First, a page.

Among the best pop songs out of Cork over the last forty years are Kooky’s ‘The Good Old Days’, ‘The Darkness’ by Flex And The Fastweather, ‘Scorch Avenue’ by The Chapter House, ‘Backwater’ by Benny’s Head and ‘Sparkle’ by Rubyhorse. But it’s not as if any of them spring instinctively to mind or feature in the more considered overviews of music in the county. Instead they’ve been lost in a blizzard of loud guitars, standard indie shapes and what the guitarist Giordhai Ui Laoghaire has described as ‘spadgy rhythms’.

It was against this backdrop that Rubyhorse – good-looking, bright boys from Bishopstown and a world removed from their noisy neighbours, The Frank And Walters – took their first tentative steps, thinking big from the moment they could stand unaided. They looked like the male cast of The Breakfast Club and didn’t sound like The Wedding Present: they were studied, sharp, under-age and had their hands full.

I first came across them after they’d just about started secondary school and when, as B.F.G., they performed a couple of lunchtime shows in an halla mór at Coláiste An Spioraid Naoimh. After which Tony O’Donoghue, then working with one of the bigger national promoters, snared them a couple of decent support slots in city venues they weren’t legally allowed to enter. And even then they were a band apart: callow kids on a serious growth kick, their sturdy sound – more Genesis than Genesis P. Orridge. – built on layers of guitars and keyboards. I couldn’t believe how determined and driven they were.

But yet, like practically everyone else who encountered them during the early 1990s – apart from maybe their parents – I was gob-smacked by the scale of what they went on to achieve. Delighted, for sure, but genuinely taken aback because ultimately, all they ever really presented was a rock-solid body of work, a decent ethic, a couple of key personal connections and a pretty pointed desire to get on.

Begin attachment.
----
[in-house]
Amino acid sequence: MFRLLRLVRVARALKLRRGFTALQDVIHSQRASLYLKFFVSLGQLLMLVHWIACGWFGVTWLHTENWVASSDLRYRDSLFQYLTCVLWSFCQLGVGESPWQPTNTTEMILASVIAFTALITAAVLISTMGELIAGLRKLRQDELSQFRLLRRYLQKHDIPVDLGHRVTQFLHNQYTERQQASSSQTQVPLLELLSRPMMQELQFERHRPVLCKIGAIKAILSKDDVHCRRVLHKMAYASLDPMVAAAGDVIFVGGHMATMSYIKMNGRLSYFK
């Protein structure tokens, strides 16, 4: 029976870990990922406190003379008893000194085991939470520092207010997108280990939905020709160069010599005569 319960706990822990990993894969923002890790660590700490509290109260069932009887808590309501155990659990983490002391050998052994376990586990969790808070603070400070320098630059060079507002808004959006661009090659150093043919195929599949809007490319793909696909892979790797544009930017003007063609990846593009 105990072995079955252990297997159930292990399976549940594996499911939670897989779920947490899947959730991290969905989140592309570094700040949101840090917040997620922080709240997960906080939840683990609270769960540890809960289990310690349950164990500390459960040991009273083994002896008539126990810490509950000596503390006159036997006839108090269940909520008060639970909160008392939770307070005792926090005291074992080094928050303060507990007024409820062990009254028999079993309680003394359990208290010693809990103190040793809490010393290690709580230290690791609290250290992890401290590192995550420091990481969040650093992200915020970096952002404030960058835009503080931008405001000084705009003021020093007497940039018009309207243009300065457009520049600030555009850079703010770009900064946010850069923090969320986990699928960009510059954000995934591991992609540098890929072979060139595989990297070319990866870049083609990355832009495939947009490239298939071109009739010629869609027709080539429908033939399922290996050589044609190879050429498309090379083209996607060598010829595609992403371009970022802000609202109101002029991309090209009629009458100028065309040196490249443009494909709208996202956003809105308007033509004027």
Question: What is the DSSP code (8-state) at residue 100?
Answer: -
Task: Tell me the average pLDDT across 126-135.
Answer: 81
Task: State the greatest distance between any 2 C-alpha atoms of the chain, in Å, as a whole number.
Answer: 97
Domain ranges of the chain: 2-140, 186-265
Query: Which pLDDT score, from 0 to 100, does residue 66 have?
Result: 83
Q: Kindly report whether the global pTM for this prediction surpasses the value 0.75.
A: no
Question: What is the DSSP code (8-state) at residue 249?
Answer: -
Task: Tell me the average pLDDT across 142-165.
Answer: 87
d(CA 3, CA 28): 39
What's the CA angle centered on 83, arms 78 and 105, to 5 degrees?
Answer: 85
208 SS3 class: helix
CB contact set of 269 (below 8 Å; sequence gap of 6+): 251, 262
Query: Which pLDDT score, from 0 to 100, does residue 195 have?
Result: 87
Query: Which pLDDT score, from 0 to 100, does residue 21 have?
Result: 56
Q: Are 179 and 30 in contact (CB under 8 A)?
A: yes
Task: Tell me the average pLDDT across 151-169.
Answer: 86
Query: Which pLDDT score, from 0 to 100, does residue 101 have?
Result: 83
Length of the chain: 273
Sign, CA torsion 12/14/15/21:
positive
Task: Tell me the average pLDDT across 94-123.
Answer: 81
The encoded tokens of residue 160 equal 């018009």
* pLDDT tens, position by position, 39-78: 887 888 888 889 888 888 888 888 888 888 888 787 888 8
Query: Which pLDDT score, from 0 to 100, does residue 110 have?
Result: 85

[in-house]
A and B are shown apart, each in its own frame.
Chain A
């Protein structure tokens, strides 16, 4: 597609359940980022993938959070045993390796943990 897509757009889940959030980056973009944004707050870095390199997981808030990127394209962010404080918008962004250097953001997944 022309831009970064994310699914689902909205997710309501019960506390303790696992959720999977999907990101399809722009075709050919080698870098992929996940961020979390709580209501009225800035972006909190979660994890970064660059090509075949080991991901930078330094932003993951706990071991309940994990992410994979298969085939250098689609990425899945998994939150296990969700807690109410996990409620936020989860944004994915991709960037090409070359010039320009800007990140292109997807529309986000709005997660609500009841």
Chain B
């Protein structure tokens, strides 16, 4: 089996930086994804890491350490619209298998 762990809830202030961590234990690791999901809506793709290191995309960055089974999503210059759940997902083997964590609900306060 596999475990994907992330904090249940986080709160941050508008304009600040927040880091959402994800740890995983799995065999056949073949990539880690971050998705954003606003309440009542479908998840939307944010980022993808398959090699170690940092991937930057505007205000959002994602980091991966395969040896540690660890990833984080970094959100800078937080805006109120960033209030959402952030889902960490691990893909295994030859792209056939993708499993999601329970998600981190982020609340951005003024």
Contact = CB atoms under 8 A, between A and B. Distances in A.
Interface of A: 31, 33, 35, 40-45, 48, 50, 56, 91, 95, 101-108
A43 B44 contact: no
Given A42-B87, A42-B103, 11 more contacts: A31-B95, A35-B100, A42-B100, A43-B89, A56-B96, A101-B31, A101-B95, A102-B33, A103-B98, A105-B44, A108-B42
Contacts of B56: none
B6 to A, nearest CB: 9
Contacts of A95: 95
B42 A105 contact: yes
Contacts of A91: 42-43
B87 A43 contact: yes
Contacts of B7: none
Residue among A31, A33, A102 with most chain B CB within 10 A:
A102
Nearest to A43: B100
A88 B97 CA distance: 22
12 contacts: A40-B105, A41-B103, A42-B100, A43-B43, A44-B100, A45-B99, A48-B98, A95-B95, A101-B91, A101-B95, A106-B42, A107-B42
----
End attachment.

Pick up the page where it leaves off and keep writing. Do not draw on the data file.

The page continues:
They checked out, years later, with four albums to their name – including one for Island Records – a slew of high-profile American television appearances and years of non-stop live shows. Indeed decades before the emerging Dublin band, Fontaines DC, performed for Jimmy Fallon, Rubyhorse were regulars on that same circuit. It’s seldom that young Irish upstarts are invited into the mainstream American chat circle but, back in the pre-internet era, they did the Letterman and Conan O’Brien shows with no fanfare or fuss. And when Rubyhorse fetched up on those sets, they were doing so because, for a time, they were simply too big a noise to ignore.

They were also zippy enough to briefly entice George Harrison out of exile and into their match-day squad in what might well one of the most high-profile cameos in the entire history of contemporary Irish music. Harrison contributed slide guitar to ‘Punchdrunk’, one of the stand-out cuts on the band’s second album, ‘Rise’, released in 2002, and although that back-story is well worn by now, it still bears repeating here if only to remind folk of the level at which the band, approaching its pomp, was batting.

In May, 1997, Ireland staged The Eurovision Song Contest at Dublin’s Point Depot for the seventh time: it was the fourth occasion in five years that the country had hosted the event. The show was presented by a television presenter, actress and singer from Waterford called Carrie Crowley and by Ronan Keating, then the lead vocalist and de facto frontman with a local male vocal group called Boyzone. Keating also wrote and, on the night, performed one of the most dismal interval pieces in the long and bizarre history of the competition and I’ve previously dealt with this in more detail in a piece here.

Boyzone’s story is as fascinating as anyone’s but it’s never been definitively told: the group has been the subject of numerous management-endorsed biographies that, sadly, never leave the surface. In essence, they were a knock-off and talent-free Take That who were routinely snapped in the tabloids leading champagne lifestyles on the back of Mi-Wadi-level ability. And all under the direction of Louis Walsh, a local booker in the best and worst traditions of Woody Allen’s Broadway Danny Rose and whose nose for an opening and a quick-win was matched only by his devotion to those acts he represented. Which was often commendably fever-pitched, myopic and obsessive.